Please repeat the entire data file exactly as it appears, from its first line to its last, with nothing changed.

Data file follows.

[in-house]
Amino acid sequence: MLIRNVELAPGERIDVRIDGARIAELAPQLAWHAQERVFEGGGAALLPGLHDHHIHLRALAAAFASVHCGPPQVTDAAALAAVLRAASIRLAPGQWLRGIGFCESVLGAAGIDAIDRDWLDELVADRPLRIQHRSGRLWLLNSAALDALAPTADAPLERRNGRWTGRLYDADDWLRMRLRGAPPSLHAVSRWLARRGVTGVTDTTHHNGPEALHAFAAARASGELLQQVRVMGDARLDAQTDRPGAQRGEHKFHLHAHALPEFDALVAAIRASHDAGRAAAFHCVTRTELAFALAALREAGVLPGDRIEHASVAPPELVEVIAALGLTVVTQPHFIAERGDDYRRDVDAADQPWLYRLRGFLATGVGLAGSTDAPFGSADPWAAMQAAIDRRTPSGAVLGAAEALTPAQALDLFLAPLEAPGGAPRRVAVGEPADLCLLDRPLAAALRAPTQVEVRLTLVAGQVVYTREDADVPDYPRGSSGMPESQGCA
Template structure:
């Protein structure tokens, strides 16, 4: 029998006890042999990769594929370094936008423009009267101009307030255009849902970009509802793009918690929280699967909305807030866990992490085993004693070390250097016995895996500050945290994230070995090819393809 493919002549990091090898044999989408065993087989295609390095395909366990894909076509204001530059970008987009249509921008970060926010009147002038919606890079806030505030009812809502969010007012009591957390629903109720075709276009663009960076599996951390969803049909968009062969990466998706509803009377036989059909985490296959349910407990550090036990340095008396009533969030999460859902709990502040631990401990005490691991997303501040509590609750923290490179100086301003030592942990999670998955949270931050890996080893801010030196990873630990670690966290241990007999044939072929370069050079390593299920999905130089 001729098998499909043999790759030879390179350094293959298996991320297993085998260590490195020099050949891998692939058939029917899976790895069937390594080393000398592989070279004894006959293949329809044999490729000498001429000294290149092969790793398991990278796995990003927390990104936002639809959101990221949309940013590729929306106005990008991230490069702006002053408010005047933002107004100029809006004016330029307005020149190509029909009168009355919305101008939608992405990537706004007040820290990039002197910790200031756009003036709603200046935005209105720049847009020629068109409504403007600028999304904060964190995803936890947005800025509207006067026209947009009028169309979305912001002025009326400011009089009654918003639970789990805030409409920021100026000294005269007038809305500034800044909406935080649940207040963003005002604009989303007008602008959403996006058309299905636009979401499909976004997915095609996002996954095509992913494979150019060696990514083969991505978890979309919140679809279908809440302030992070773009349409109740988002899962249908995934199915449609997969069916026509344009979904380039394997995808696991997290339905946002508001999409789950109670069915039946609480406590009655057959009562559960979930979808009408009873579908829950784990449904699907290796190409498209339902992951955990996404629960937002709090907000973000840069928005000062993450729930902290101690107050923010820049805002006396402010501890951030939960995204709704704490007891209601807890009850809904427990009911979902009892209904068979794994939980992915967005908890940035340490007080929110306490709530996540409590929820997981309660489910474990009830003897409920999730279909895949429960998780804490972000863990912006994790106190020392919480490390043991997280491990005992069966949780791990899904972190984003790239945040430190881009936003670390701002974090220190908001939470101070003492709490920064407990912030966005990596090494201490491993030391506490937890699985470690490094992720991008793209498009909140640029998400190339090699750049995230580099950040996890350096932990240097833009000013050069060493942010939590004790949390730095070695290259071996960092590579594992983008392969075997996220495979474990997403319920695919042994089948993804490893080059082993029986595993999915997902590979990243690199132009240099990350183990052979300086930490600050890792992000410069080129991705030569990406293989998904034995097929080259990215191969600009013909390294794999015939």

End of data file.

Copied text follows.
[in-house]
Amino acid sequence: MLIRNVELAPGERIDVRIDGARIAELAPQLAWHAQERVFEGGGAALLPGLHDHHIHLRALAAAFASVHCGPPQVTDAAALAAVLRAASIRLAPGQWLRGIGFCESVLGAAGIDAIDRDWLDELVADRPLRIQHRSGRLWLLNSAALDALAPTADAPLERRNGRWTGRLYDADDWLRMRLRGAPPSLHAVSRWLARRGVTGVTDTTHHNGPEALHAFAAARASGELLQQVRVMGDARLDAQTDRPGAQRGEHKFHLHAHALPEFDALVAAIRASHDAGRAAAFHCVTRTELAFALAALREAGVLPGDRIEHASVAPPELVEVIAALGLTVVTQPHFIAERGDDYRRDVDAADQPWLYRLRGFLATGVGLAGSTDAPFGSADPWAAMQAAIDRRTPSGAVLGAAEALTPAQALDLFLAPLEAPGGAPRRVAVGEPADLCLLDRPLAAALRAPTQVEVRLTLVAGQVVYTREDADVPDYPRGSSGMPESQGCA
Template structure:
């Protein structure tokens, strides 16, 4: 029998006890042999990769594929370094936008423009009267101009307030255009849902970009509802793009918690929280699967909305807030866990992490085993004693070390250097016995895996500050945290994230070995090819393809 493919002549990091090898044999989408065993087989295609390095395909366990894909076509204001530059970008987009249509921008970060926010009147002038919606890079806030505030009812809502969010007012009591957390629903109720075709276009663009960076599996951390969803049909968009062969990466998706509803009377036989059909985490296959349910407990550090036990340095008396009533969030999460859902709990502040631990401990005490691991997303501040509590609750923290490179100086301003030592942990999670998955949270931050890996080893801010030196990873630990670690966290241990007999044939072929370069050079390593299920999905130089 001729098998499909043999790759030879390179350094293959298996991320297993085998260590490195020099050949891998692939058939029917899976790895069937390594080393000398592989070279004894006959293949329809044999490729000498001429000294290149092969790793398991990278796995990003927390990104936002639809959101990221949309940013590729929306106005990008991230490069702006002053408010005047933002107004100029809006004016330029307005020149190509029909009168009355919305101008939608992405990537706004007040820290990039002197910790200031756009003036709603200046935005209105720049847009020629068109409504403007600028999304904060964190995803936890947005800025509207006067026209947009009028169309979305912001002025009326400011009089009654918003639970789990805030409409920021100026000294005269007038809305500034800044909406935080649940207040963003005002604009989303007008602008959403996006058309299905636009979401499909976004997915095609996002996954095509992913494979150019060696990514083969991505978890979309919140679809279908809440302030992070773009349409109740988002899962249908995934199915449609997969069916026509344009979904380039394997995808696991997290339905946002508001999409789950109670069915039946609480406590009655057959009562559960979930979808009408009873579908829950784990449904699907290796190409498209339902992951955990996404629960937002709090907000973000840069928005000062993450729930902290101690107050923010820049805002006396402010501890951030939960995204709704704490007891209601807890009850809904427990009911979902009892209904068979794994939980992915967005908890940035340490007080929110306490709530996540409590929820997981309660489910474990009830003897409920999730279909895949429960998780804490972000863990912006994790106190020392919480490390043991997280491990005992069966949780791990899904972190984003790239945040430190881009936003670390701002974090220190908001939470101070003492709490920064407990912030966005990596090494201490491993030391506490937890699985470690490094992720991008793209498009909140640029998400190339090699750049995230580099950040996890350096932990240097833009000013050069060493942010939590004790949390730095070695290259071996960092590579594992983008392969075997996220495979474990997403319920695919042994089948993804490893080059082993029986595993999915997902590979990243690199132009240099990350183990052979300086930490600050890792992000410069080129991705030569990406293989998904034995097929080259990215191969600009013909390294794999015939």